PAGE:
Select Committee on Environment, Transport and Regional Affairs Minutes of Evidence

Examination of Witnesses (Questions 890 - 899)




  890. Can I welcome witnesses from the Environment Agency and can I ask you to identify yourselves for the record?

  (Dr Leinster) My name is Dr Paul Leinster. I am Director of Environmental Protection at the Environment Agency. On my right is Mr Steve Lee, who is the Head of Waste Regulation. On my left is Dr Martin Whitworth, who is Policy Manager in Process Industries Regulation.

  891. Do you want to say anything by way of introduction or are you happy to go straight into questions?
  (Dr Leinster) We are happy to go straight into questions, Chairman.

Mr Benn

  892. Is incineration safe?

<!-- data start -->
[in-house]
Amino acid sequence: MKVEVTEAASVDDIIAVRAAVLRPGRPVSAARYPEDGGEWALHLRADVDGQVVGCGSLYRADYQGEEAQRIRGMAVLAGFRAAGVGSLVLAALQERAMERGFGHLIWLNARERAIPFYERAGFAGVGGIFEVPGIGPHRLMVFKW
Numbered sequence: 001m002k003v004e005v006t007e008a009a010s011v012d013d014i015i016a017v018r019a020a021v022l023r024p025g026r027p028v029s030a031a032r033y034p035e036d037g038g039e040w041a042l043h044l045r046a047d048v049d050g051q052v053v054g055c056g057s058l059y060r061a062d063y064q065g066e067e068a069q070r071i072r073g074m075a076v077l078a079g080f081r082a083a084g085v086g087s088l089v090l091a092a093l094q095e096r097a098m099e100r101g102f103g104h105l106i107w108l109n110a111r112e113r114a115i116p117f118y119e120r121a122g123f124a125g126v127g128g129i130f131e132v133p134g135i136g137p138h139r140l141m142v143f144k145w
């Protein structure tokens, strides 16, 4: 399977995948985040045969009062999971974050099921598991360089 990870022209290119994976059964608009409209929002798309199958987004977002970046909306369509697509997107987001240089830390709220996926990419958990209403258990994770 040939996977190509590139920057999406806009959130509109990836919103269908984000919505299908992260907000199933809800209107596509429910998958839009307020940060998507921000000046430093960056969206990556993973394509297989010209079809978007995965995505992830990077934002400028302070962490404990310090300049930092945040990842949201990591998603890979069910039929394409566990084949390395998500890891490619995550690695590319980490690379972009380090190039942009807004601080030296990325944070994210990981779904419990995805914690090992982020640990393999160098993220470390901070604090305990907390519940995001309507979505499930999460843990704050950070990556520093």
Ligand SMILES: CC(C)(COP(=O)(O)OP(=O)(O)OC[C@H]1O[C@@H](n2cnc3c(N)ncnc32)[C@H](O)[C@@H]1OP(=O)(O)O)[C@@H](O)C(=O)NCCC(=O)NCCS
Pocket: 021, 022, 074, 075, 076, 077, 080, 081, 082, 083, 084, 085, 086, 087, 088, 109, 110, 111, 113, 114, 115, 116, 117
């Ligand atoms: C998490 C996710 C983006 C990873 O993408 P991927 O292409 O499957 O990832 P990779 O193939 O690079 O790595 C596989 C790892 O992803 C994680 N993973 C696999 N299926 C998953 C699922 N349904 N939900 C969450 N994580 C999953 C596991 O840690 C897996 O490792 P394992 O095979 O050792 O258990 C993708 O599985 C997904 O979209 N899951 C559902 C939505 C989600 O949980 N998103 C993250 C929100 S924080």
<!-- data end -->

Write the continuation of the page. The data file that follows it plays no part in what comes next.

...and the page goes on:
(Dr Whitworth) One of the roles that the Agency plays in the regulation of industry in general is the evaluation of the techniques proposed by an operator of industrial processes, including large incinerators. We evaluate the techniques proposed, their potential impact on the environment and on human health. If using the scientific methods available to us as regulators demonstrates that there could be an adverse environmental effect of an incinerator (or any industrial process) or an adverse effect on human health, then the Agency would reject the application. It is one of our roles to ensure that if the information supplied by an operator is not sufficient to make a judgment then we have powers, and always exercise those powers, to get enough information to make a decision as to whether we would be prepared to permit an incinerator. We endeavour to use standards of environmental modelling and assessment which are determined by bodies other than the Environment Agency, so we will look at, for example, standards set by the World Health Organisation or standards based on the Health and Safety Executive's occupational exposure limits. We endeavour to make sure that any determination is transparent and also that the setting of those standards is transparent so that the public will have confidence in the decisions that we make.